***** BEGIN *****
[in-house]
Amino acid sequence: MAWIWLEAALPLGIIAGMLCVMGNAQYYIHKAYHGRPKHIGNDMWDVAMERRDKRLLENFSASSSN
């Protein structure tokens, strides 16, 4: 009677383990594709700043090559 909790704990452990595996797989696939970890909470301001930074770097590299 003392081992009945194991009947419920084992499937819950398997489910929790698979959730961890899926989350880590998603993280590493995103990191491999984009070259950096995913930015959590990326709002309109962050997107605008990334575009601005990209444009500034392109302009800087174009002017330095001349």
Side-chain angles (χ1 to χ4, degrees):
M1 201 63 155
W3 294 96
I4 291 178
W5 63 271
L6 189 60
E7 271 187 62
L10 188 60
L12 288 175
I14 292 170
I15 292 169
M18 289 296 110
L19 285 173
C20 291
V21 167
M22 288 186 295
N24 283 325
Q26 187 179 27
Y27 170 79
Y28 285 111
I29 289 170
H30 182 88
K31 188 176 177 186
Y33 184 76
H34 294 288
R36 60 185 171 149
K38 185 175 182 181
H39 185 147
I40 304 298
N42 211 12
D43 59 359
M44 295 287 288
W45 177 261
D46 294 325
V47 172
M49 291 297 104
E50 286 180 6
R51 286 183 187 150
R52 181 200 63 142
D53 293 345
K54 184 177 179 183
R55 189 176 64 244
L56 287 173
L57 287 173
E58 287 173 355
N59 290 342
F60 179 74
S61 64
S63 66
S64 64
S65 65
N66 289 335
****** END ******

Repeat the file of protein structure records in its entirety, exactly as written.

[in-house]
Amino acid sequence: MAWIWLEAALPLGIIAGMLCVMGNAQYYIHKAYHGRPKHIGNDMWDVAMERRDKRLLENFSASSSN
């Protein structure tokens, strides 16, 4: 009677383990594709700043090559 909790704990452990595996797989696939970890909470301001930074770097590299 003392081992009945194991009947419920084992499937819950398997489910929790698979959730961890899926989350880590998603993280590493995103990191491999984009070259950096995913930015959590990326709002309109962050997107605008990334575009601005990209444009500034392109302009800087174009002017330095001349």
Side-chain angles (χ1 to χ4, degrees):
M1 201 63 155
W3 294 96
I4 291 178
W5 63 271
L6 189 60
E7 271 187 62
L10 188 60
L12 288 175
I14 292 170
I15 292 169
M18 289 296 110
L19 285 173
C20 291
V21 167
M22 288 186 295
N24 283 325
Q26 187 179 27
Y27 170 79
Y28 285 111
I29 289 170
H30 182 88
K31 188 176 177 186
Y33 184 76
H34 294 288
R36 60 185 171 149
K38 185 175 182 181
H39 185 147
I40 304 298
N42 211 12
D43 59 359
M44 295 287 288
W45 177 261
D46 294 325
V47 172
M49 291 297 104
E50 286 180 6
R51 286 183 187 150
R52 181 200 63 142
D53 293 345
K54 184 177 179 183
R55 189 176 64 244
L56 287 173
L57 287 173
E58 287 173 355
N59 290 342
F60 179 74
S61 64
S63 66
S64 64
S65 65
N66 289 335